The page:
This article has been corrected to note that the test is a next-gen PCR-based assay not an NGS test.
NEW YORK (GenomeWeb) – Becton Dickinson and Netherlands-based Check-Points Health have received CE marking for a next-generation PCR-based screening test for antibiotic-resistant carbapenemase-producing organisms (CPOs).
The test runs on the fully-automated BD MAX system and replaces an earlier version, offering improved workflow and an additional target, the companies said today in a statement.
Carbapenems are a class of drug considered to be a last resort in treating infections, but CPOs produce an enzyme, cabapenemase, that makes these drugs ineffective.
The BD MAX Check-Points CPO assay detects the five most common carbapenemase genes in less than 2.5 hours, the firms said, adding that screening to detect colonized patients can promote better infection control in hospitals.
"We have been using the Check-Points assay on the BD MAX system for routine screening of CPO for nearly two years, because it provides us the information we need to isolate or de-isolate our high-risk patients shortly after admission," John Rossen, assistant professor of medical microbiology at the University Medical Center, Groningen (UMCG) in the Netherlands and scientific secretary of the ESCMID Study Group for Genomic and Molecular Diagnostics, said in a statement. "This assay has not only improved our turn-around-time, but it also gives us the confidence that we will reduce the risk of transmission and outbreak."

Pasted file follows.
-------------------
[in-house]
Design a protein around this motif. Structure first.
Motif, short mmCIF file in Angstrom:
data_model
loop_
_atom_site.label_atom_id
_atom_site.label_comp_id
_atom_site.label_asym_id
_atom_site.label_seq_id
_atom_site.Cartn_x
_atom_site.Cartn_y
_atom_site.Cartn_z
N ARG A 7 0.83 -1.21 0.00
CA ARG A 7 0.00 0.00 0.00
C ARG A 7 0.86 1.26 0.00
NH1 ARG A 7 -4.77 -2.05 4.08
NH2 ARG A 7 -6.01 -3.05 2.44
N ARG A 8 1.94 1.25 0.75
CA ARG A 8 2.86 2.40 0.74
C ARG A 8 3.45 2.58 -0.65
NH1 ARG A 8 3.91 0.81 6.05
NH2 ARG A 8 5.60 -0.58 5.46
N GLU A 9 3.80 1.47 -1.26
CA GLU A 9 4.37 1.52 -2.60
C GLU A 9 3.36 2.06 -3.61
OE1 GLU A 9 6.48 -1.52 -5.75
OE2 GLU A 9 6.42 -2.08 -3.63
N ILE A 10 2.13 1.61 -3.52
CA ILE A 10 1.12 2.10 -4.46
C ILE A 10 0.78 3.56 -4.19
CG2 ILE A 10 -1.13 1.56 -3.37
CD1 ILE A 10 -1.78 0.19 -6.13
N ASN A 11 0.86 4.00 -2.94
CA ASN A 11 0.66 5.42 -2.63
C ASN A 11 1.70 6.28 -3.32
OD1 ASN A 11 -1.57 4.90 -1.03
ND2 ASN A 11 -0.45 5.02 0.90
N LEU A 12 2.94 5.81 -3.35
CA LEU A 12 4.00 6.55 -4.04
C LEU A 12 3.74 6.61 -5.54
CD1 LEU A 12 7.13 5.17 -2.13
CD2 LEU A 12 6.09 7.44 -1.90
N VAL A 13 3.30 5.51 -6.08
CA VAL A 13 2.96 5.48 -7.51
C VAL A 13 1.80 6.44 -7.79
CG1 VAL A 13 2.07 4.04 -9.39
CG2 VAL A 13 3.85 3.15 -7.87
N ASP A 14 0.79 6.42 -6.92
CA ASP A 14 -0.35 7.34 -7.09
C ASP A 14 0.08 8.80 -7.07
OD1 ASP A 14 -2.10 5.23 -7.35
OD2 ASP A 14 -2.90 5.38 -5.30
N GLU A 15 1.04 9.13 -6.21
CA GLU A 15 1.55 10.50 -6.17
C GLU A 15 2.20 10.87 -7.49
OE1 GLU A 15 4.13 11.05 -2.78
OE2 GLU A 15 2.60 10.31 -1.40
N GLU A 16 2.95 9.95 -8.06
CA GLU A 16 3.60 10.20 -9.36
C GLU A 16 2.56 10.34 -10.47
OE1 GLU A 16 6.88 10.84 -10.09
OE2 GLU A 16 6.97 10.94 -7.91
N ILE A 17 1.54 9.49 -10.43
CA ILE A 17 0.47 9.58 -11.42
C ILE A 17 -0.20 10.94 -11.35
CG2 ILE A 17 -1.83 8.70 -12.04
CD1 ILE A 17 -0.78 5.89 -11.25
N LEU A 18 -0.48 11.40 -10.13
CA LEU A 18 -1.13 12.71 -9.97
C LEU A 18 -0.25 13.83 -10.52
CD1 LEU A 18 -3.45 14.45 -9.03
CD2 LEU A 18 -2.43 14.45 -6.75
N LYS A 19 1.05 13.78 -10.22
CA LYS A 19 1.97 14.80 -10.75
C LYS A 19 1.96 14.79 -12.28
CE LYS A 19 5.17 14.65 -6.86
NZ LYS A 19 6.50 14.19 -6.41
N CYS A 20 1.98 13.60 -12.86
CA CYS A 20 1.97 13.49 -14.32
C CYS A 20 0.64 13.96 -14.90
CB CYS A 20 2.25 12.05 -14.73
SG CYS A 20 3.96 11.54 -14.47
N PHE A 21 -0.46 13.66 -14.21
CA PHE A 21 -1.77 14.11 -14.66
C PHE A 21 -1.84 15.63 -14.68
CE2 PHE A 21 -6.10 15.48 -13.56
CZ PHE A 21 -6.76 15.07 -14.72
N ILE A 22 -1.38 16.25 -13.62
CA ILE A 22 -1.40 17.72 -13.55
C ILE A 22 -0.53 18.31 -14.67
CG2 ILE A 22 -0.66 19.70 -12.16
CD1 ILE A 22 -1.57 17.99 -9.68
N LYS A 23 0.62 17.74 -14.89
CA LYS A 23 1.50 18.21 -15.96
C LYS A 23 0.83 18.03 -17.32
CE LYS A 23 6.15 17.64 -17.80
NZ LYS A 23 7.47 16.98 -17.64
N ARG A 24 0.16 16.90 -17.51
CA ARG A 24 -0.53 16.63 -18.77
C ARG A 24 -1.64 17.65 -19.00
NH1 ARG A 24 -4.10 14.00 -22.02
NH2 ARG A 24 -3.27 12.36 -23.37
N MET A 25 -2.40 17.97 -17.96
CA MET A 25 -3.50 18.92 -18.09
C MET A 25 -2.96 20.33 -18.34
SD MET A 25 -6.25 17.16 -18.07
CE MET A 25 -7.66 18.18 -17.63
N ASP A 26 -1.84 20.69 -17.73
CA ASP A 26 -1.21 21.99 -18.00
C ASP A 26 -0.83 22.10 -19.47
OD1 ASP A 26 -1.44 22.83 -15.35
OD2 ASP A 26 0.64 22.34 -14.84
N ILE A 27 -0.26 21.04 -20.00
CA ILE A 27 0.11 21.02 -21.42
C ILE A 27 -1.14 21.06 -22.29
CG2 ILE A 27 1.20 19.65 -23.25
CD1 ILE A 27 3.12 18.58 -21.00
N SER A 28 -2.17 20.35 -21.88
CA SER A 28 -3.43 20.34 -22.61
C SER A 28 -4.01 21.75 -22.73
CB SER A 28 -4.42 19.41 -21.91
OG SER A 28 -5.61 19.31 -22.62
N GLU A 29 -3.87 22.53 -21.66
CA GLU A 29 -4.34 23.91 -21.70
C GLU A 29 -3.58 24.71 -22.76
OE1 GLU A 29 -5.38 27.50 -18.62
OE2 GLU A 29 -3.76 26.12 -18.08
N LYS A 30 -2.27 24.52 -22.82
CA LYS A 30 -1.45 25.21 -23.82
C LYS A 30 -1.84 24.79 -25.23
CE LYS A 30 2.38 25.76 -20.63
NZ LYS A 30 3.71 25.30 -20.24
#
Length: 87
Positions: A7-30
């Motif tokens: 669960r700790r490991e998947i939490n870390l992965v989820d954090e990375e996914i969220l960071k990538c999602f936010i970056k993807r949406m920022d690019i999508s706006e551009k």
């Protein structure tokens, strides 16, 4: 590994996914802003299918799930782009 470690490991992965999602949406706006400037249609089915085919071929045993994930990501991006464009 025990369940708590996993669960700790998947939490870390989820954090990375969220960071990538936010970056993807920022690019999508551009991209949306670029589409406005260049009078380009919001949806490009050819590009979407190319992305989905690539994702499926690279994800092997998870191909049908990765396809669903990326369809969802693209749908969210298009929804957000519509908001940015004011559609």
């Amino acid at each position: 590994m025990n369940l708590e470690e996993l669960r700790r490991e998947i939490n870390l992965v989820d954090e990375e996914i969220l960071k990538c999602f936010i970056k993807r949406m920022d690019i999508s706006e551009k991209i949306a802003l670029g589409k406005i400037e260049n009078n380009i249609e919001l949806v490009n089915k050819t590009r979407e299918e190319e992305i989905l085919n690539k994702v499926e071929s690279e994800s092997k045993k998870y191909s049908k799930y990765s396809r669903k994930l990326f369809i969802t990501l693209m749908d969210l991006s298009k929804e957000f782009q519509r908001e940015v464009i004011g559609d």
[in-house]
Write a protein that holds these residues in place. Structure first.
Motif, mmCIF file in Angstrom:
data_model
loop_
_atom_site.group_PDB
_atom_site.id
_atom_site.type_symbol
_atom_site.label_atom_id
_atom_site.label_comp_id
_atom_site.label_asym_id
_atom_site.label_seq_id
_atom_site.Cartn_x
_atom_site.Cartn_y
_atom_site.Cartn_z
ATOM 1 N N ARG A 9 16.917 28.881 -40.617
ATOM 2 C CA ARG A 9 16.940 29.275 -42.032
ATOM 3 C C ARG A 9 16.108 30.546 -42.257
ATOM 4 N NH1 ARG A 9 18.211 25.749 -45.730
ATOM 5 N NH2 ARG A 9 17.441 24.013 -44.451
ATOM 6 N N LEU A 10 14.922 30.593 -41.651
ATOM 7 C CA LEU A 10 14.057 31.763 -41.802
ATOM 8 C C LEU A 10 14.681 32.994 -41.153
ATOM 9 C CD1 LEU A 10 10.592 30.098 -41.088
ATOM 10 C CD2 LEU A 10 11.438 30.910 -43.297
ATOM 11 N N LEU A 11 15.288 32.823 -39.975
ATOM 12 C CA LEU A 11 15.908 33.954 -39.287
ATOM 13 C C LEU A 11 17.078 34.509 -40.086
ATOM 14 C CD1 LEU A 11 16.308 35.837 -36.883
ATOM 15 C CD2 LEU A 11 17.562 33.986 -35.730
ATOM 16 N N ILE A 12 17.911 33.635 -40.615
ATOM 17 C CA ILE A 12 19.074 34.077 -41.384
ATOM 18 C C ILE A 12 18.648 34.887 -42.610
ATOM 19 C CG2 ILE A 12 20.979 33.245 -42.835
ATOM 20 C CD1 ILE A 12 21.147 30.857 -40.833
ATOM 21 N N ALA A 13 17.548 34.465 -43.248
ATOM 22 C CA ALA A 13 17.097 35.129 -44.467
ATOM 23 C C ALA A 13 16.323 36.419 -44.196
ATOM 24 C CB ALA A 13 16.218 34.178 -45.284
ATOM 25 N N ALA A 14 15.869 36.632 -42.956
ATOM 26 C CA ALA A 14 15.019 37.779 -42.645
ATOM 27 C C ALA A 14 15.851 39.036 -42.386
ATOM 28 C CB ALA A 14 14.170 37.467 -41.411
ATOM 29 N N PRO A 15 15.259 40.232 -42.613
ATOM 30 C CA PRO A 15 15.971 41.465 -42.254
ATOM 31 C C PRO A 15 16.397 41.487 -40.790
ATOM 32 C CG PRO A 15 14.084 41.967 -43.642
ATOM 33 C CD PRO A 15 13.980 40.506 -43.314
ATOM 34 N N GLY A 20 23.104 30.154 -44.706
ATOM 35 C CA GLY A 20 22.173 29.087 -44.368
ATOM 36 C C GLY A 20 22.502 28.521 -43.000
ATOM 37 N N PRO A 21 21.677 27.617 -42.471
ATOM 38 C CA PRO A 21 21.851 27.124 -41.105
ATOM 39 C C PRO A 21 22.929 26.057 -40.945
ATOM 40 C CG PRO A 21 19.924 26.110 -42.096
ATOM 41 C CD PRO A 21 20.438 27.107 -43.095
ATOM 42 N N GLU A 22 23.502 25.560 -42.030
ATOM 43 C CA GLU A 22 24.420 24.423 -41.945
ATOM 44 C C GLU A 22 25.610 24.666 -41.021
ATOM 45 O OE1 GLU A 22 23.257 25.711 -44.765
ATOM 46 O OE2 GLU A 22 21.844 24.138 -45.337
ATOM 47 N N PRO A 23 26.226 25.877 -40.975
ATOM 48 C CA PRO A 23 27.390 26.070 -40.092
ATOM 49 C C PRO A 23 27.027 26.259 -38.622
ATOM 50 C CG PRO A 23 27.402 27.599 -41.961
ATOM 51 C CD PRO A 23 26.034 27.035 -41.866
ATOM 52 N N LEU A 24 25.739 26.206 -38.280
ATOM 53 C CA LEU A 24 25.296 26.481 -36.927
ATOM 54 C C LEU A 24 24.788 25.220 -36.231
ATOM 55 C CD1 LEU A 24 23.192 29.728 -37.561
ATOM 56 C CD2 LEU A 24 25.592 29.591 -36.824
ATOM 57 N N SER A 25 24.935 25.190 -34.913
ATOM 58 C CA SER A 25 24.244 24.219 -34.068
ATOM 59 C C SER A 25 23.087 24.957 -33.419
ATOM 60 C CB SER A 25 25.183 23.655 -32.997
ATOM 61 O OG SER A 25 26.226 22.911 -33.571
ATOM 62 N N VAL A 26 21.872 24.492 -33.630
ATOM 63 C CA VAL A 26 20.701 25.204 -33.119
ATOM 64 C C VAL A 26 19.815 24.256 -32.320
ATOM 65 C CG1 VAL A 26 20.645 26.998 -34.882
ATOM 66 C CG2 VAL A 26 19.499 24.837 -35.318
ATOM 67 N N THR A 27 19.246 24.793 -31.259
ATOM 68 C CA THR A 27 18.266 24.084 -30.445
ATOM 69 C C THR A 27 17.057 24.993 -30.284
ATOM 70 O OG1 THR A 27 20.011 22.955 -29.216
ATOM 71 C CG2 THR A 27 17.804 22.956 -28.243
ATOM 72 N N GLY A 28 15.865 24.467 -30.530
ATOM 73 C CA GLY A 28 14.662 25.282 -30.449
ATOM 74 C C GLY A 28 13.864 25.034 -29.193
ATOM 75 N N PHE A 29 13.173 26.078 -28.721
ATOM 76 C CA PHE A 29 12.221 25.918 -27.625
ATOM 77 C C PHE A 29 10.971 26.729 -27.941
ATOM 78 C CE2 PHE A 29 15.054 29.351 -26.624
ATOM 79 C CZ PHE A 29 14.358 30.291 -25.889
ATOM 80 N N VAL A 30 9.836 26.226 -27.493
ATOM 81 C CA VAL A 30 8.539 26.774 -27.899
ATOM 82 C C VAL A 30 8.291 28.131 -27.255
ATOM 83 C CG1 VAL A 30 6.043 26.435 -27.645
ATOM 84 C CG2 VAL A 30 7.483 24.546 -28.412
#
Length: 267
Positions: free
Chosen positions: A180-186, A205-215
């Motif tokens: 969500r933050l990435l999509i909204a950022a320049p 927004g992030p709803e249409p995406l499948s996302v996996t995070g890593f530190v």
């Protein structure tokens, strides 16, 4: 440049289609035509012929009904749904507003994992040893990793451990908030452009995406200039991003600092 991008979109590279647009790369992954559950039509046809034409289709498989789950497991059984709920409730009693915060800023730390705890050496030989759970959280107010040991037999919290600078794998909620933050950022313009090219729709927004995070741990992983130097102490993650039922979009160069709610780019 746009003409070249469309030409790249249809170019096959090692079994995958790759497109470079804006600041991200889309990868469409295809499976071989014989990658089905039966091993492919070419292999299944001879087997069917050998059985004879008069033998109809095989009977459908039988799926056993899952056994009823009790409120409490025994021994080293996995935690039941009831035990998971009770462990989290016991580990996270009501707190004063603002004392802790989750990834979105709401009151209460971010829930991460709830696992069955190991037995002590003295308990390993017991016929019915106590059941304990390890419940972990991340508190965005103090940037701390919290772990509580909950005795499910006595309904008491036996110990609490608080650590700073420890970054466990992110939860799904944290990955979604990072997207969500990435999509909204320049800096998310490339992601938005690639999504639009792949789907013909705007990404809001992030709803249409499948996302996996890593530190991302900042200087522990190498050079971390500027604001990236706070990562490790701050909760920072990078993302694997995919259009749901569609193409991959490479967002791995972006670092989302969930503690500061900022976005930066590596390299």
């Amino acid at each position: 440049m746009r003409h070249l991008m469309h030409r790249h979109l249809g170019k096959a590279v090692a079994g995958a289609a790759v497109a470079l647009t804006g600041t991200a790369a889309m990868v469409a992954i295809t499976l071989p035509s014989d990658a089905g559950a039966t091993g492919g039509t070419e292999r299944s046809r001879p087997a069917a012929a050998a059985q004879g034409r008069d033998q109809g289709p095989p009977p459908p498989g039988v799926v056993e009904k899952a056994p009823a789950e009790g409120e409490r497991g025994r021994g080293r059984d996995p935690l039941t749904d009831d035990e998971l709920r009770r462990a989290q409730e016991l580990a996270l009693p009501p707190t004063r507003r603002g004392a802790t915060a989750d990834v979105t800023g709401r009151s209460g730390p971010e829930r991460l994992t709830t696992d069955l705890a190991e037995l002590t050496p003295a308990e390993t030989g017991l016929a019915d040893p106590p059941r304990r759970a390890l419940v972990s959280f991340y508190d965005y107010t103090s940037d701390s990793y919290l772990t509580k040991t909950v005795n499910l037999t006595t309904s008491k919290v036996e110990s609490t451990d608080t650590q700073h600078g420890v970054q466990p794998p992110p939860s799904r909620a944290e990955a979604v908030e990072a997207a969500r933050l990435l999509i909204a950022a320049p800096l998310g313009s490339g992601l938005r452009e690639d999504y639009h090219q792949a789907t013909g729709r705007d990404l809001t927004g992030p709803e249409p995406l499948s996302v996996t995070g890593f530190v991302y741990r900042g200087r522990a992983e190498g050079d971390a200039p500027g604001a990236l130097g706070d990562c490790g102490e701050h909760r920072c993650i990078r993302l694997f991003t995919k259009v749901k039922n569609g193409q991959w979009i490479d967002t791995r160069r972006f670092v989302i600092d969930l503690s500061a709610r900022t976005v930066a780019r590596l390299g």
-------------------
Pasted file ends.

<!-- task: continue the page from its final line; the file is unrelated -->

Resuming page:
A Check-Points carbapenem-resistant Enterobacteriaceae test which targeted a number of the same genes was criticized in a 2015 study for having a low positive predictive value, with authors noting that use of the rectal swab-based test for screening could potentially lead to false positive results, costly and unnecessary contact precautions, and inappropriate placement of patients into electronic registries that track colonized people in healthcare systems. At the time, Check-Points said it's test emphasized high sensitivity and high negative predictive value.